Security of Software & Hardware Interfaces (SILM)
Event submitted on Thursday, July 8th 2021, approved by Charles Villanueva ✓
This event has been tagged as follows:
The SILM workshop’s goal is to share knowledge, tools, and techniques for dealing with security in software/hardware interfaces. On the one hand, we need to evaluate the security assurances given by present hardware architectures against software assaults, particularly micro-architecture attacks. This can be done by employing reverse engineering, fuzzing, or other attack methods to find new vulnerabilities. On the other side, we must suggest new designs that are more resistant to software assaults. To secure the software stack, these designs should rely on hardware-based security measures. Formally specifying and verifying the security assurances provided by such systems is one of the problems.
Conference Event Summary
The following description was either submitted by the Conference Organizer on Thursday, July 8th 2021, or created by us.
Welcome to the 3rd edition of our workshop on the Security of Software / Hardware Interfaces. SILM 2021 will be co-located with the 6th IEEE European Symposium on Security and Privacy (EuroS&P 2021) and will be an all-digital event.
It is becoming increasingly important to combine software and hardware aspects in order to take into account new software attacks. For example, hardware vulnerabilities such as Spectre or Meltdown can be exploited by purely software attacks. Such attacks can be executed remotely and do not require physical access to the targeted hardware platform. On the other hand, hardware features can be used to better detect and respond to traditional software attacks, such as memory corruption. It is, therefore, necessary to study in-depth the security of software/hardware interfaces, both in terms of attacks and defenses.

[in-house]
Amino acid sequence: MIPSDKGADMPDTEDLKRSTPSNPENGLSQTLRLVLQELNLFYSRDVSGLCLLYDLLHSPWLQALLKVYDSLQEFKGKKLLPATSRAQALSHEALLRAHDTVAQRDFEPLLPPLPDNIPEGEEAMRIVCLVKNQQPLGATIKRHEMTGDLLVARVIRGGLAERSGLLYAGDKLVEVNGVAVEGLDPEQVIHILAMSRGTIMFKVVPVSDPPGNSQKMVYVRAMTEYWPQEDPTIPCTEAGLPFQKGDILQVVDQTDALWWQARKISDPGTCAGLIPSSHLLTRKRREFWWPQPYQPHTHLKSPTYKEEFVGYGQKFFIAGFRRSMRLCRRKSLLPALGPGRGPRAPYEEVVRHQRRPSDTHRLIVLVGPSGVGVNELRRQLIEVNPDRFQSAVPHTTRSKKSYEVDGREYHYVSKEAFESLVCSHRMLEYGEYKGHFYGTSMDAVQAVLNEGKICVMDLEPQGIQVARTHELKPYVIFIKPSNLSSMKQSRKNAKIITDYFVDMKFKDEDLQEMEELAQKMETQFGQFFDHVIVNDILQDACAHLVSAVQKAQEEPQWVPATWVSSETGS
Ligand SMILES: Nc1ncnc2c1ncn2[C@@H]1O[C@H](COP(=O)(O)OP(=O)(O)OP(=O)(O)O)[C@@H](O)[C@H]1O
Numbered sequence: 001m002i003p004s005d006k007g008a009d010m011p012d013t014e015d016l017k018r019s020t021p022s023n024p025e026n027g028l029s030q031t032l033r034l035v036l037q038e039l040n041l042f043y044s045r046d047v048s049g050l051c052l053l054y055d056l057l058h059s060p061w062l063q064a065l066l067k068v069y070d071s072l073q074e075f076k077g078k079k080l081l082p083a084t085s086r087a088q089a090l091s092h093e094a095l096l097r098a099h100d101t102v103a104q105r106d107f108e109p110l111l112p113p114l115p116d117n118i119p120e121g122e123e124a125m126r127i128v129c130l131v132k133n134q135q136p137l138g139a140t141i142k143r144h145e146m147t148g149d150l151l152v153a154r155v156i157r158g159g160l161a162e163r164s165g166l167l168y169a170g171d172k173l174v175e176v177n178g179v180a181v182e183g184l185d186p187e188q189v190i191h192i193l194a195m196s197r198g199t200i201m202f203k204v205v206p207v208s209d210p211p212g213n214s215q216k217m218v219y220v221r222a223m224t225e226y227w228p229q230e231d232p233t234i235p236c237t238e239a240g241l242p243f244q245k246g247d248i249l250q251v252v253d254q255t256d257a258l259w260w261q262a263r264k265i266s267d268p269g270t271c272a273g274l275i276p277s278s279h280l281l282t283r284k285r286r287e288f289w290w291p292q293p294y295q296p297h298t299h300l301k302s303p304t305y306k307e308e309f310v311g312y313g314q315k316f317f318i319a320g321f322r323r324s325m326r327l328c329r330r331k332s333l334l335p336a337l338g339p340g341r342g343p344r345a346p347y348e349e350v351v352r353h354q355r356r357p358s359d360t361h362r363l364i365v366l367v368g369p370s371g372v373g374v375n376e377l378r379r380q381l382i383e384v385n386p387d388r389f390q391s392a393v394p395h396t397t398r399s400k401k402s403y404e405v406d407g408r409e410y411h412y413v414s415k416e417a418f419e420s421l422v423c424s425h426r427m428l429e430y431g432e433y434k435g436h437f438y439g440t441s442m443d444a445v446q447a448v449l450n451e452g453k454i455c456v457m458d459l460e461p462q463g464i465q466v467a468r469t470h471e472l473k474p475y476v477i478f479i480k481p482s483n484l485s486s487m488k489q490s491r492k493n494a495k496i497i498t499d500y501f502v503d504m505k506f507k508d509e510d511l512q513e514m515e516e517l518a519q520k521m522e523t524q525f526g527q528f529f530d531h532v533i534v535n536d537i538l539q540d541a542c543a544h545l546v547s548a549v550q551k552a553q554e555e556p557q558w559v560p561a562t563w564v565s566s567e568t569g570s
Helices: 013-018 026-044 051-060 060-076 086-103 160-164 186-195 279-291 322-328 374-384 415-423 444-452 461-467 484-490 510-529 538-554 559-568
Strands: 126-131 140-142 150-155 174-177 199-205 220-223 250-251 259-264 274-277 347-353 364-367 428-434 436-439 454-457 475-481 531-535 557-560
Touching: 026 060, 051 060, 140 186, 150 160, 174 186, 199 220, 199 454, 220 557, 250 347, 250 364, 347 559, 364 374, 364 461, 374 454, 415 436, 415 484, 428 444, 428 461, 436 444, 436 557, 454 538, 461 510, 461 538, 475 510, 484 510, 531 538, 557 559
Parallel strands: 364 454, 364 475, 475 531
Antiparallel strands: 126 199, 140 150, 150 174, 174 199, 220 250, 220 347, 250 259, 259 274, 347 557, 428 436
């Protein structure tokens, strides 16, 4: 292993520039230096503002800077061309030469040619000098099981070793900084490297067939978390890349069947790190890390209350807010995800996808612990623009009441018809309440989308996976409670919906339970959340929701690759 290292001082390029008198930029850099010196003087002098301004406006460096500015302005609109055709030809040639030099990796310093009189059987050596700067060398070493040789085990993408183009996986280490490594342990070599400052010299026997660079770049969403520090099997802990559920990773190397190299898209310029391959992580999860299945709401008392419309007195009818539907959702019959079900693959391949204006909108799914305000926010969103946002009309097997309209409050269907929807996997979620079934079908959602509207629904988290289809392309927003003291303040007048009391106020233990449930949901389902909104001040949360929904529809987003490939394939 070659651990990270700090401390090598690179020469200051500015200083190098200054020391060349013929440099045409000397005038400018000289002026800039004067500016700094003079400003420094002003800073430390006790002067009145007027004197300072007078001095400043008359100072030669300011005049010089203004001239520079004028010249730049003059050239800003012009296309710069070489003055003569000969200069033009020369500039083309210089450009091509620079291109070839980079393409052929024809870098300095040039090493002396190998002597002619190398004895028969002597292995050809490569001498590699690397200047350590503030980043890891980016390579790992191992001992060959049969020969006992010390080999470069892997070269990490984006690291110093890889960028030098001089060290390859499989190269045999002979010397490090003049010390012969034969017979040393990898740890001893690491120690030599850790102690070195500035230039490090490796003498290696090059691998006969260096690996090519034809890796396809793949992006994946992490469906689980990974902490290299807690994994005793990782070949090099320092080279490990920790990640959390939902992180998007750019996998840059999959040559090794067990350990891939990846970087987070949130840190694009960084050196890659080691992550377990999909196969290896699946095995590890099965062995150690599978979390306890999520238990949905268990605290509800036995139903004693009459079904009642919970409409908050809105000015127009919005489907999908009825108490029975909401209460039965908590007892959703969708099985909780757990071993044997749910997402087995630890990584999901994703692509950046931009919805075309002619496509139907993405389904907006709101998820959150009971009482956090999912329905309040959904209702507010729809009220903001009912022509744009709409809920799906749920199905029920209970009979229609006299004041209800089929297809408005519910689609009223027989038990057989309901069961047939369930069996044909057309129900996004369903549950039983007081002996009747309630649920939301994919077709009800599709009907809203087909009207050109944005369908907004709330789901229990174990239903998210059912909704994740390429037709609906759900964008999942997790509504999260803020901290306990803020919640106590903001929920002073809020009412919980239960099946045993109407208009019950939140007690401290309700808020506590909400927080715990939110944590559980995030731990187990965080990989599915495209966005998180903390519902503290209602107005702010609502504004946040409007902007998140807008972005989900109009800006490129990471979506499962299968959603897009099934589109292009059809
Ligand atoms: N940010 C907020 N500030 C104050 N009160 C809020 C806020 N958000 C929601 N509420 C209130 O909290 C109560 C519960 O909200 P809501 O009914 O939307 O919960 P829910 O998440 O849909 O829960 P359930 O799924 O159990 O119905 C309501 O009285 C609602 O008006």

The purpose of the SILM workshop is to share experiences, tools, and methodologies to handle security in software/hardware interfaces. On one hand, we need to better assess the security guarantees provided by existing hardware architectures against software attacks, especially attacks against micro-architecture. This can be achieved by identifying new vulnerabilities using reverse engineering, fuzzing, or other attack approaches. On the other hand, we also need to propose new architectures offering better resilience against software attacks. These architectures should rely on hardware-based security mechanisms to protect the software stack. One of the challenges is to formally specify and verify the security guarantees offered by such architectures.
The goal of this second edition of the SILM workshop is to provide a forum for researchers and practitioners from academia, industry, and government that work on the security of software/hardware interfaces.